​The rise and rise of Socially Responsible Investment

5 Apr 2016

JP Morgan recently held a very interesting Socially Responsible Investment conference. The fact that JP Morgan has enough interest from its investor clients to hold a two day SRI conference is indicative of a marked change in how the investor community views environmental, social and governance issues and their implications for investment portfolios.

The conference was well attended, with a range of sectors represented from telecoms through real estate to engineering and industrial machinery, and covering a wide span of geographies. As you would expect, all the companies presenting, including Hammerson, had strong sustainability programmes with clear links through to business strategy. The conference also provided me with an opportunity to speak to some of our investors on a 1-1 basis about Hammerson’s sustainability strategy and targets.

So what were my key take aways?

  1. Basing your sustainability strategy on the material issues of your business and linking it clearly to business fundamentals is critical. If there isn’t a clear relationship here it’s hard to make the business case work.
  2. Green bonds (a bond issued to fund projects that have positive environmental and/or climate benefits) were a hot topic of conversation. $41bn of green bonds was issued in 2015, and I have no doubt this market will mature rapidly, particularly with the work of organisations such as the Climate Bonds Initiative. It’s clearly one to watch, however there are still some outstanding questions for me around how the capital raised is allocated and how that allocation is reported.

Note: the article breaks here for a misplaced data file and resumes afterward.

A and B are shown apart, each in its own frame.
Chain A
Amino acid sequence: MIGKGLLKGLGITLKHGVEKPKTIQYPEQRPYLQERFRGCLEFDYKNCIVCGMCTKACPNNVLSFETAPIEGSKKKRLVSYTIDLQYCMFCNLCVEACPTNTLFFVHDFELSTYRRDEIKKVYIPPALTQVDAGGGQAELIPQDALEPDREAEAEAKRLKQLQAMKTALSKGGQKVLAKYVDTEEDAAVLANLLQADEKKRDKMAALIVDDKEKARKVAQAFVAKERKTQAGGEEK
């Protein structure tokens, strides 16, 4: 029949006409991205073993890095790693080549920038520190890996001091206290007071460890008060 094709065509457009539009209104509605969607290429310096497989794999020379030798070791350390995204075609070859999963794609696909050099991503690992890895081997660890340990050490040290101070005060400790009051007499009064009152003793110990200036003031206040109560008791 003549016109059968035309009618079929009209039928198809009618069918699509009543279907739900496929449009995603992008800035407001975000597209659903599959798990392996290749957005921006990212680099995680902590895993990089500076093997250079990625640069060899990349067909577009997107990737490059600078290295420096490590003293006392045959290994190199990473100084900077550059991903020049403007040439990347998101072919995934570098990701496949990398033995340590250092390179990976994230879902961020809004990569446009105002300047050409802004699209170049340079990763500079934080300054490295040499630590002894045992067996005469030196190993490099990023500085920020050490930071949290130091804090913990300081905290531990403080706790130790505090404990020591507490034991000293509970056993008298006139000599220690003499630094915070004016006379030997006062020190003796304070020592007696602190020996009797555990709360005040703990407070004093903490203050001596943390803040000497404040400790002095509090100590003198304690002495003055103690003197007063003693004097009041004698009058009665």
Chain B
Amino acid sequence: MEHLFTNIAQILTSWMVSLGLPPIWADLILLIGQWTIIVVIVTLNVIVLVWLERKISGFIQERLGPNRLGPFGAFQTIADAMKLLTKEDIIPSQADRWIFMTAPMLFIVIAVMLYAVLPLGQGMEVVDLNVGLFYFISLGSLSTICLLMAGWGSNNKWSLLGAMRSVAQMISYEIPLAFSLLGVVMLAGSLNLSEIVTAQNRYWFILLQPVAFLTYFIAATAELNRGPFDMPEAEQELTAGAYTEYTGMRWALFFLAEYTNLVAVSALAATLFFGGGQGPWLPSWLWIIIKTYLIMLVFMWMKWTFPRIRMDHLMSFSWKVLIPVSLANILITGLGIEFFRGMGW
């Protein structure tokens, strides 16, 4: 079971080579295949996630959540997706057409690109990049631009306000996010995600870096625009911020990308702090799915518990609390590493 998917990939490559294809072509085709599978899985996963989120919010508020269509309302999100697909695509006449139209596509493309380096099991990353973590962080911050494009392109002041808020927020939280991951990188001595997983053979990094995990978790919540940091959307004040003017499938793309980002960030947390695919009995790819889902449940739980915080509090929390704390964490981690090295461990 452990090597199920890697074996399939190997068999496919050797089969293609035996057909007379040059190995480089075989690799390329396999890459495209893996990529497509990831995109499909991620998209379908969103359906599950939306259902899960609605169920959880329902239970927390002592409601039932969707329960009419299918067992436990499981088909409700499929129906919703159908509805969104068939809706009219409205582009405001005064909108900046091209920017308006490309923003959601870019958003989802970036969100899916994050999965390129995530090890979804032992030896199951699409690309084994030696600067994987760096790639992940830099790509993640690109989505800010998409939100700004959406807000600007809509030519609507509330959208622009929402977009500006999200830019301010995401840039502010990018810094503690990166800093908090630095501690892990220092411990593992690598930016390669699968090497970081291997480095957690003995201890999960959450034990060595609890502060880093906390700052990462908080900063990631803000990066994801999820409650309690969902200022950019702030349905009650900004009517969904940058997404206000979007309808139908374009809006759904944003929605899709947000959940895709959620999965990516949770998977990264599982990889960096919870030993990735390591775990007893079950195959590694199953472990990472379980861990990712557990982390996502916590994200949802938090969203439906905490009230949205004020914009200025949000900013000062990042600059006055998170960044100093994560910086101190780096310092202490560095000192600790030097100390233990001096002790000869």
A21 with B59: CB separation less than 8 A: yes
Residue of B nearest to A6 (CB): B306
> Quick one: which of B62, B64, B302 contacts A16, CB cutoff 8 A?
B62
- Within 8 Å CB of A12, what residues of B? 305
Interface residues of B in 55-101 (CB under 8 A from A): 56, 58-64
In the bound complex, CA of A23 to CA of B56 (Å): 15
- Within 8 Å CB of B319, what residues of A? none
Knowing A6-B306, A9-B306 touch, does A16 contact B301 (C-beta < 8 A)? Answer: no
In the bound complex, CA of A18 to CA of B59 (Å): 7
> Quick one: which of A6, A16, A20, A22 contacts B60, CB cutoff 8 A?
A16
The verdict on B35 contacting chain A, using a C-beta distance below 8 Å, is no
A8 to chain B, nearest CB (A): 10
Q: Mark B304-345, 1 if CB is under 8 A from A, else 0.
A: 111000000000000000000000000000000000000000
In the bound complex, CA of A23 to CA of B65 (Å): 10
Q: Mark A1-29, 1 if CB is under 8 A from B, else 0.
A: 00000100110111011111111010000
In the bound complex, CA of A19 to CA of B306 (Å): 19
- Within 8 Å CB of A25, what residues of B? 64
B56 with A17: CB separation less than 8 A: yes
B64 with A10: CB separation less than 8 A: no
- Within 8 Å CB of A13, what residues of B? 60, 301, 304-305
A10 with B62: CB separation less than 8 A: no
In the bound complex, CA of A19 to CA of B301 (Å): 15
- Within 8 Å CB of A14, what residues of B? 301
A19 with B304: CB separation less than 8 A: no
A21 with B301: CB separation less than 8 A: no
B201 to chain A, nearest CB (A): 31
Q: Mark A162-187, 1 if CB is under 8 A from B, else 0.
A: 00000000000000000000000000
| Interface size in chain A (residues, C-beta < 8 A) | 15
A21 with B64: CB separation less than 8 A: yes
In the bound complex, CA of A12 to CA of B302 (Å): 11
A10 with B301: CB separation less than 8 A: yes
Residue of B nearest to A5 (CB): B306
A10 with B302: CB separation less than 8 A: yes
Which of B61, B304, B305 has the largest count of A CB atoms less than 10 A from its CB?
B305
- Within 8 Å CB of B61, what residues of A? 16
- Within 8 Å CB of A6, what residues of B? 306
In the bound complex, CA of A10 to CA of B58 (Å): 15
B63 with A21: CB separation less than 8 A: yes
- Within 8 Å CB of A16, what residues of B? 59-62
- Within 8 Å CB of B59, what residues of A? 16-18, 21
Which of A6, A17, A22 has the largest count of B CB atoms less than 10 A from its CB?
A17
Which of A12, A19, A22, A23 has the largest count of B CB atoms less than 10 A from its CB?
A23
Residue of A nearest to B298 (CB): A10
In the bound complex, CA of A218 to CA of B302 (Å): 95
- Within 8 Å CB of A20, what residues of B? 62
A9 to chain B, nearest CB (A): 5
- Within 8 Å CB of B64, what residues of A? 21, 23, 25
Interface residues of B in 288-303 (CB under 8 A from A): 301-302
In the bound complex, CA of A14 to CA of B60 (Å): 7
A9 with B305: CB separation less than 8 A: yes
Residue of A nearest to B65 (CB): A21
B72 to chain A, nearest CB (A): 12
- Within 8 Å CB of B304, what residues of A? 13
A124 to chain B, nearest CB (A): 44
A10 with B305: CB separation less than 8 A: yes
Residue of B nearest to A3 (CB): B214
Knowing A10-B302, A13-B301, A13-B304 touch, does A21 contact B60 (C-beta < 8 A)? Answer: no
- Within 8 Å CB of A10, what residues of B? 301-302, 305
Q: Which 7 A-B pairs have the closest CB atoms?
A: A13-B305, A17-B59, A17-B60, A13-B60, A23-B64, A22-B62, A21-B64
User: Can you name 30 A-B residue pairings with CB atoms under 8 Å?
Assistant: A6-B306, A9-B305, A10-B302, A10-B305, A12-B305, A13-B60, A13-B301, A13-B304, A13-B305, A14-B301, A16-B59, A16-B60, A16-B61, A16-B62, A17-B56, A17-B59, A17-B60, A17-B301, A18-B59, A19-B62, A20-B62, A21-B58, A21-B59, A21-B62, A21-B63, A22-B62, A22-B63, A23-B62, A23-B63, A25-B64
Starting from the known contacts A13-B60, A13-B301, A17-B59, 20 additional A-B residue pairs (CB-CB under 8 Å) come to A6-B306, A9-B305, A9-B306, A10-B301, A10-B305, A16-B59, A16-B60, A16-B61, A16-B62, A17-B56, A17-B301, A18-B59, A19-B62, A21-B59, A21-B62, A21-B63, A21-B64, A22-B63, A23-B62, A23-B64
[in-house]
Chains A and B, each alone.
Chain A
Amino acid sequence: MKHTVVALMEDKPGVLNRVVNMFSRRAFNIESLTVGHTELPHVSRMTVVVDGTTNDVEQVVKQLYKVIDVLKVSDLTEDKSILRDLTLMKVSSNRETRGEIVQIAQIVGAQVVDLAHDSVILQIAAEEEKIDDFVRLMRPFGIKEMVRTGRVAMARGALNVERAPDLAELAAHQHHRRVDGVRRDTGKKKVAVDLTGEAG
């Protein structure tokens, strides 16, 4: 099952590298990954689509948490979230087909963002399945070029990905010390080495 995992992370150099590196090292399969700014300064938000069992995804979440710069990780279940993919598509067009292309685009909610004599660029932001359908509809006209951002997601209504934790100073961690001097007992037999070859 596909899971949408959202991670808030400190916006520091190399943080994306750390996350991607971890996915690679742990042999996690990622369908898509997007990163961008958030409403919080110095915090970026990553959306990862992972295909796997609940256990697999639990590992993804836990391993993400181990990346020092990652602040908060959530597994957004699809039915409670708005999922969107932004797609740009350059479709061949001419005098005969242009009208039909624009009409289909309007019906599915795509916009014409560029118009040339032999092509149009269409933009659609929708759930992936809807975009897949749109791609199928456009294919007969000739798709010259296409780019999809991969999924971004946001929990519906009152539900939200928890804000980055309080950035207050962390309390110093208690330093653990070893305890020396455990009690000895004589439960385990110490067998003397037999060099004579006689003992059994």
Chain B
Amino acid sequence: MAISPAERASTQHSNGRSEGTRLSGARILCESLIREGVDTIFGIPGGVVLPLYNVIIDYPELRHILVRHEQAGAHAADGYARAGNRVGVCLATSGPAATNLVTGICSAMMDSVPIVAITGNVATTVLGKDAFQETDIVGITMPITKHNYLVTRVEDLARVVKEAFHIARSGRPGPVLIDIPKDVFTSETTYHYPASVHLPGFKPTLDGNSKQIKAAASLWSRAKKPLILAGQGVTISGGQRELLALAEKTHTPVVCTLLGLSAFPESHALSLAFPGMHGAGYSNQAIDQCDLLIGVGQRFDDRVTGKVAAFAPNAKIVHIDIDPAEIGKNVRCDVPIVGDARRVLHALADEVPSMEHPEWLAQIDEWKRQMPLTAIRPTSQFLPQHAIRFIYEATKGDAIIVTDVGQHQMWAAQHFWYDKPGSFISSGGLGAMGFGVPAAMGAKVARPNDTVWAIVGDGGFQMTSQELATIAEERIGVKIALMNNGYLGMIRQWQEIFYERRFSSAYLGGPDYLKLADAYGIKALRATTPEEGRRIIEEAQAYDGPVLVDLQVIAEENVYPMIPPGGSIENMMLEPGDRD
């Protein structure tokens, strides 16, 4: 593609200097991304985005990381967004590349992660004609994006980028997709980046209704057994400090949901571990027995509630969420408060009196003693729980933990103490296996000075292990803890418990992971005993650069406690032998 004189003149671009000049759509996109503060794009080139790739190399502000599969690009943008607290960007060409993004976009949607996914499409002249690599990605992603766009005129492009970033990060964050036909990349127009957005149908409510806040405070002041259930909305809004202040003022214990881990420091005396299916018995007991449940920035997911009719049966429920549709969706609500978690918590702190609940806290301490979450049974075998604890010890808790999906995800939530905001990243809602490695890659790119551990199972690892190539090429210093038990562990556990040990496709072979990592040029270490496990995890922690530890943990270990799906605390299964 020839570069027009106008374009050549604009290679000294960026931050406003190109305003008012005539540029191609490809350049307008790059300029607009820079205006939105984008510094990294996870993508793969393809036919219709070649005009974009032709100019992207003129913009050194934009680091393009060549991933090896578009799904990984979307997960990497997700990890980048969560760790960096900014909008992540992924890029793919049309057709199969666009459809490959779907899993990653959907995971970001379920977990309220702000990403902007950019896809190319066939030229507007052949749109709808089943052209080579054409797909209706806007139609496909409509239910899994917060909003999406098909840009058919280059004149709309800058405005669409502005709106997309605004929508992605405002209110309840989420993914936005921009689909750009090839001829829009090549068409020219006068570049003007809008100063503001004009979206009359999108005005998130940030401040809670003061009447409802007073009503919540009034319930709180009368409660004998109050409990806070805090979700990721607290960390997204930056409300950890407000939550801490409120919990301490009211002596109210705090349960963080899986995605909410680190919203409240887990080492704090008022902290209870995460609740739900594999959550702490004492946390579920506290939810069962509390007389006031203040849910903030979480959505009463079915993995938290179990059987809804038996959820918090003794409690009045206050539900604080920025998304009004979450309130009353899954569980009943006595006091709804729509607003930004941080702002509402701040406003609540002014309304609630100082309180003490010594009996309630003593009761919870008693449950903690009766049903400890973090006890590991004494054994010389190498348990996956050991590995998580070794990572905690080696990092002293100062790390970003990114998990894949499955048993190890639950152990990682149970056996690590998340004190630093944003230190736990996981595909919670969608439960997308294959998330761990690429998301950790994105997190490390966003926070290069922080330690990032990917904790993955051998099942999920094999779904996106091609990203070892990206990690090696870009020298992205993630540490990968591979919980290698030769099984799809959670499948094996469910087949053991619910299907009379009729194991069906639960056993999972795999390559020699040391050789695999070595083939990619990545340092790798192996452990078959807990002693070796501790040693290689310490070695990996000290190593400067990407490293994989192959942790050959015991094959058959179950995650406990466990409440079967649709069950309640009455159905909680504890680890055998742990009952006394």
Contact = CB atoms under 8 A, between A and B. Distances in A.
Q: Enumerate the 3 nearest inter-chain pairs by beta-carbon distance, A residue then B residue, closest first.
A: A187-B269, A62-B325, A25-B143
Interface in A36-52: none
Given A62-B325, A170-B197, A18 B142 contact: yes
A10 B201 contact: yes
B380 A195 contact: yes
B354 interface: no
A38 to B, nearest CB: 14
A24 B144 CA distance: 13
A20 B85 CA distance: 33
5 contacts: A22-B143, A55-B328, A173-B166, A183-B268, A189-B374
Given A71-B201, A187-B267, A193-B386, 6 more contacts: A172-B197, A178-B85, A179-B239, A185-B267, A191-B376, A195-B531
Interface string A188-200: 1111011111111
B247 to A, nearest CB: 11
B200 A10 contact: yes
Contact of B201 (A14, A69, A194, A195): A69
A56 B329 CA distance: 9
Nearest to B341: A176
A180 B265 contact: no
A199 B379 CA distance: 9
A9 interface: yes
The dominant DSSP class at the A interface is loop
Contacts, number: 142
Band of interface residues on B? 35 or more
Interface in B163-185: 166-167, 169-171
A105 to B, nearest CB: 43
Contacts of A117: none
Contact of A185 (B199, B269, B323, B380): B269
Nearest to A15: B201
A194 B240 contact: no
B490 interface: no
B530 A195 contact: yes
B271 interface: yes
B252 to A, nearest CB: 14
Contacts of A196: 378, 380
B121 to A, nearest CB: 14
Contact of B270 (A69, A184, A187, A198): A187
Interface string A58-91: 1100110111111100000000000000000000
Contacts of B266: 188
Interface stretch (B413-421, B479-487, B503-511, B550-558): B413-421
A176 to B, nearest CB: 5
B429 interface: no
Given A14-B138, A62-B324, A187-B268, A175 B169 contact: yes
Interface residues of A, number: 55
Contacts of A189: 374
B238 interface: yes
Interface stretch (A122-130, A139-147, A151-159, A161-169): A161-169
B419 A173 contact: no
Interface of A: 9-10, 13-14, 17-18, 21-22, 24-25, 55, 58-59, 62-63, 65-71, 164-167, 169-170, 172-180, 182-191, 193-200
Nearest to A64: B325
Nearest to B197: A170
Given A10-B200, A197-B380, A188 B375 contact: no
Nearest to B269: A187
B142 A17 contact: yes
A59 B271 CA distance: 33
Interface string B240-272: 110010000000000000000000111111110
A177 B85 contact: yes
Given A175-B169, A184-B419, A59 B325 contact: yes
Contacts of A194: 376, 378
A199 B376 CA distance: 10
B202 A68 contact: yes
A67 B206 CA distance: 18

3. Another key topic was alpha, and in particular, does an ESG focused investment strategy generate any? This debate is similar to the old “Will a green building let/sell for more money?” argument. There are signs that over different time periods, ESG-focused indices outperform others. However, can we link that outperformance directly to ESG? Or is it about quality of management more broadly? Or a variety of other potential factors?
  4. I think this misses the point somewhat; the way to look at it should be, whether by not having an ESG strategy as part of your wider business model increases risk. Any outperformance would presumably be arbitraged away by the market fairly quickly so a focus on reducing risk rather than chasing premium might be more fruitful.

Altogether a really interesting couple of days.

Louise Ellison, Head of Sustainability, Hammerson